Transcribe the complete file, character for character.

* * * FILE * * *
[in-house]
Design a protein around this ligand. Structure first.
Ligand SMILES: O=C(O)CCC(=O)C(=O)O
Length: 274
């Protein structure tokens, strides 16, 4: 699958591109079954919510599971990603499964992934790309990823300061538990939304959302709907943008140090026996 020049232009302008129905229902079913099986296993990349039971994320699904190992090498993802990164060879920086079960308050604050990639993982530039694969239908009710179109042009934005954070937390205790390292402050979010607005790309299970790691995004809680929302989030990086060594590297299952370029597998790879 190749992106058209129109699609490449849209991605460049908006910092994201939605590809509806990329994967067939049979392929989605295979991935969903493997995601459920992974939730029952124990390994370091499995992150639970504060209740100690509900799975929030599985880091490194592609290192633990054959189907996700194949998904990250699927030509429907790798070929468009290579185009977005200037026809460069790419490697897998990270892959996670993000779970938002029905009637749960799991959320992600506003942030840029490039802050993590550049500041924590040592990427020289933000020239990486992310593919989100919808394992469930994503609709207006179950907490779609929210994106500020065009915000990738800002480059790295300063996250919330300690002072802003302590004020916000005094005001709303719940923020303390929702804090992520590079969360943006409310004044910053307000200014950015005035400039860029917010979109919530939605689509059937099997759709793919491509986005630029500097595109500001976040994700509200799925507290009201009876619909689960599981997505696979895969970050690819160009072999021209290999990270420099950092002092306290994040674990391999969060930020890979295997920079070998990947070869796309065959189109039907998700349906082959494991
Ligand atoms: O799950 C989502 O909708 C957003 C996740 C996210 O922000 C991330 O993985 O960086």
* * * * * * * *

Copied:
[in-house]
Design a protein around this ligand. Structure first.
Ligand SMILES: O=C(O)CCC(=O)C(=O)O
Length: 274
């Protein structure tokens, strides 16, 4: 699958591109079954919510599971990603499964992934790309990823300061538990939304959302709907943008140090026996 020049232009302008129905229902079913099986296993990349039971994320699904190992090498993802990164060879920086079960308050604050990639993982530039694969239908009710179109042009934005954070937390205790390292402050979010607005790309299970790691995004809680929302989030990086060594590297299952370029597998790879 190749992106058209129109699609490449849209991605460049908006910092994201939605590809509806990329994967067939049979392929989605295979991935969903493997995601459920992974939730029952124990390994370091499995992150639970504060209740100690509900799975929030599985880091490194592609290192633990054959189907996700194949998904990250699927030509429907790798070929468009290579185009977005200037026809460069790419490697897998990270892959996670993000779970938002029905009637749960799991959320992600506003942030840029490039802050993590550049500041924590040592990427020289933000020239990486992310593919989100919808394992469930994503609709207006179950907490779609929210994106500020065009915000990738800002480059790295300063996250919330300690002072802003302590004020916000005094005001709303719940923020303390929702804090992520590079969360943006409310004044910053307000200014950015005035400039860029917010979109919530939605689509059937099997759709793919491509986005630029500097595109500001976040994700509200799925507290009201009876619909689960599981997505696979895969970050690819160009072999021209290999990270420099950092002092306290994040674990391999969060930020890979295997920079070998990947070869796309065959189109039907998700349906082959494991
Ligand atoms: O799950 C989502 O909708 C957003 C996740 C996210 O922000 C991330 O993985 O960086």